4. Regarding 3e, Rav Pam told us that despite the statement in Shulchan Aruch, my 11 year old daughter need not fast at all on Yom Kippur. She was healthy but didn’t want to fast if not required. There were no extenuating circumstances like a headache, child at risk or the like.

    I have no further information on this.

  5. In connection with Tisha B’Av: You may be interested in my architectural renderings of Bais HaMikdash HaShlishi TVBB”A (The Temple of the Future) according to RASH”I on Sefer Yechezkel (Ezekiel), Chap. 40 – 43, as explained by the Tosafos Yom Tov (HaRav Yom Tov Lipman Heller ZT”L) in his Sefer Tzuras HaBayis:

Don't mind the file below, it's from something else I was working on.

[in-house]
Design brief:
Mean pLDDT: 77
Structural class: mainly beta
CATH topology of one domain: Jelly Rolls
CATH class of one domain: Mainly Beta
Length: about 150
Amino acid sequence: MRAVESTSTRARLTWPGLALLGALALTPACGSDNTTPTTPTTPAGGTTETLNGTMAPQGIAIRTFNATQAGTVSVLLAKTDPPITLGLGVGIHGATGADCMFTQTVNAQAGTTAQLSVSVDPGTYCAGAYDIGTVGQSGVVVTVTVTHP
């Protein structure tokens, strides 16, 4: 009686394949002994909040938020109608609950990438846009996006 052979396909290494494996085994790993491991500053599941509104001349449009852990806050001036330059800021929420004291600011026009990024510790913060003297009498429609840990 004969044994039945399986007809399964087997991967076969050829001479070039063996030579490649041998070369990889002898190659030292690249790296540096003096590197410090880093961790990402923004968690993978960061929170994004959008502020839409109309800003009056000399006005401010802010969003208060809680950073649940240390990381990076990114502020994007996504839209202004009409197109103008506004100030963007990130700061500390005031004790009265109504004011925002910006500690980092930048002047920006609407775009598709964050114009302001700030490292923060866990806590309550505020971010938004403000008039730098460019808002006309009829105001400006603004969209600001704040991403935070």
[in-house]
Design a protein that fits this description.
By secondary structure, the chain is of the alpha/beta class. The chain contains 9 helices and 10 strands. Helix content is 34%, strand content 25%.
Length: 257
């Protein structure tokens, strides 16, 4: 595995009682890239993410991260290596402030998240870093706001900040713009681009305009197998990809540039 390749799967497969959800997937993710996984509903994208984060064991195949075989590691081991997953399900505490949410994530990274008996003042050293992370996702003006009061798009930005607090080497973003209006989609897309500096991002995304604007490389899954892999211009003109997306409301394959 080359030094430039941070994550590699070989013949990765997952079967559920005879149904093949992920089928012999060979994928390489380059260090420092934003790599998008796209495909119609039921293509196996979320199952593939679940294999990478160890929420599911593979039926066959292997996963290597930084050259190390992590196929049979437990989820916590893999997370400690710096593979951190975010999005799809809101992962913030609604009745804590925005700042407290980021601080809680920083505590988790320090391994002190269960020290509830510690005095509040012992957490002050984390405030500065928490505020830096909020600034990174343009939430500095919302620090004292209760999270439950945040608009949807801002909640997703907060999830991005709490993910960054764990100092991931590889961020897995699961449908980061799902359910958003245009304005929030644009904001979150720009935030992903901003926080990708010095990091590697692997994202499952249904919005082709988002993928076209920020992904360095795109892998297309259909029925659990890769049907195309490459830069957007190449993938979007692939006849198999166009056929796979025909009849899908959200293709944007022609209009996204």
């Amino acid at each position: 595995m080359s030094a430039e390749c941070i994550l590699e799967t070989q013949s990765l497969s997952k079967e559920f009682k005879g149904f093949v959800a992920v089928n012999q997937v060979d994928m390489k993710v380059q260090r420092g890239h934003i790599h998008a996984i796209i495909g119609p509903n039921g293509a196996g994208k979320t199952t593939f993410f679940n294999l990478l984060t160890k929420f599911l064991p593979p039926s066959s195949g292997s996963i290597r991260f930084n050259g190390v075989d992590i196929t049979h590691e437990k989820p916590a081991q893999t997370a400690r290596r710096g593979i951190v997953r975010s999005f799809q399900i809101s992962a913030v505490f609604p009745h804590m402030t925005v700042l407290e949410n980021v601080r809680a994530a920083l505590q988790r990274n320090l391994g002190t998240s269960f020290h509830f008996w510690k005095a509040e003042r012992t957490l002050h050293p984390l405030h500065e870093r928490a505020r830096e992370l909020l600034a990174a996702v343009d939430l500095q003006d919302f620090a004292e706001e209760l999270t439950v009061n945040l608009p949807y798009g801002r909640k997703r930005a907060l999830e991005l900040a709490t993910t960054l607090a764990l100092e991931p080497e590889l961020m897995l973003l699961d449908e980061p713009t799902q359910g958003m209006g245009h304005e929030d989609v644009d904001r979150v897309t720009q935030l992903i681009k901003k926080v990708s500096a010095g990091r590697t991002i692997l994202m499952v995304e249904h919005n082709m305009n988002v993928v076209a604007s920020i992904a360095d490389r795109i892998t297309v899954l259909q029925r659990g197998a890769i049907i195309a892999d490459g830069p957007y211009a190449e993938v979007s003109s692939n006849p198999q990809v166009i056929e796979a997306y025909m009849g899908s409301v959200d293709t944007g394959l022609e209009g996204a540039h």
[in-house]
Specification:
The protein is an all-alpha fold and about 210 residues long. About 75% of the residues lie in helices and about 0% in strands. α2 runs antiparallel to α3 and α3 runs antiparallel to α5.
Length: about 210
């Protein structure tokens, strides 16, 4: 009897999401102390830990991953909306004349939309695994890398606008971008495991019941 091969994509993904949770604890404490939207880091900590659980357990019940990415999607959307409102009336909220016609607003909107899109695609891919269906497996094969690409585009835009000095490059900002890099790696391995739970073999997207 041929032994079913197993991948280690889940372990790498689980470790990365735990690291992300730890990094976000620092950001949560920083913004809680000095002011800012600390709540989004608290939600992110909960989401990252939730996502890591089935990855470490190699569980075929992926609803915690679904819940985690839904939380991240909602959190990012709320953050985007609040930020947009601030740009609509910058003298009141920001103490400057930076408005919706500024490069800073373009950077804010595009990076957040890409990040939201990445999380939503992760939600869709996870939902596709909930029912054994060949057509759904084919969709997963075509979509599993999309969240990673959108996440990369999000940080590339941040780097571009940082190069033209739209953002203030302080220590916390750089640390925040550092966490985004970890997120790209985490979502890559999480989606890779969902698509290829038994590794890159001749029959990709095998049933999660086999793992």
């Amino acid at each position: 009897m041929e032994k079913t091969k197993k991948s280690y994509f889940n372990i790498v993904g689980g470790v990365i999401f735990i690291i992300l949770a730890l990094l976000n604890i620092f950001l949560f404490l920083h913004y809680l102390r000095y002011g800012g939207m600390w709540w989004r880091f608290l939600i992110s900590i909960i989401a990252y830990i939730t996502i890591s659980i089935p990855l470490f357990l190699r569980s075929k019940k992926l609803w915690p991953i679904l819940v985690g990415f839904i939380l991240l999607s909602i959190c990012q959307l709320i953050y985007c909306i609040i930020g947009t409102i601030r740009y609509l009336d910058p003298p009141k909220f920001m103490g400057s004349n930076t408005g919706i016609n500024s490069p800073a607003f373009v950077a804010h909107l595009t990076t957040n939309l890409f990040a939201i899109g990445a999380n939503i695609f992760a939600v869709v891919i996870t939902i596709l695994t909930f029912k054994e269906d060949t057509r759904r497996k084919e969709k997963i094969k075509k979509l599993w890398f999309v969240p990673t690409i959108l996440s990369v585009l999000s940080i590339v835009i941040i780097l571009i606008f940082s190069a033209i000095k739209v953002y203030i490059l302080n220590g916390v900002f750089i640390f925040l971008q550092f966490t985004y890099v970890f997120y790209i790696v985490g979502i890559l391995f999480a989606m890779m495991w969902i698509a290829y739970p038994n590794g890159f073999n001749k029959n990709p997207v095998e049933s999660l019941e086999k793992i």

These renderings were made with professional computer software (Autodesk 3ds Max Design) from a three-dimensional CAD (AutoCAD computer-aided design) model.

    According to our Sages, studying drawings or models of the Mikdash is a higher-level fulfillment of the Mitzvah “VeAsu Li Mikdash.”

  6. #3: The concept of children fasting a little bit is to “train” them for fasting when they become of age.

    Since we hope that this will be the last Tish’a B’Av in which we have to fast, we do NOT train our children in this particular fast.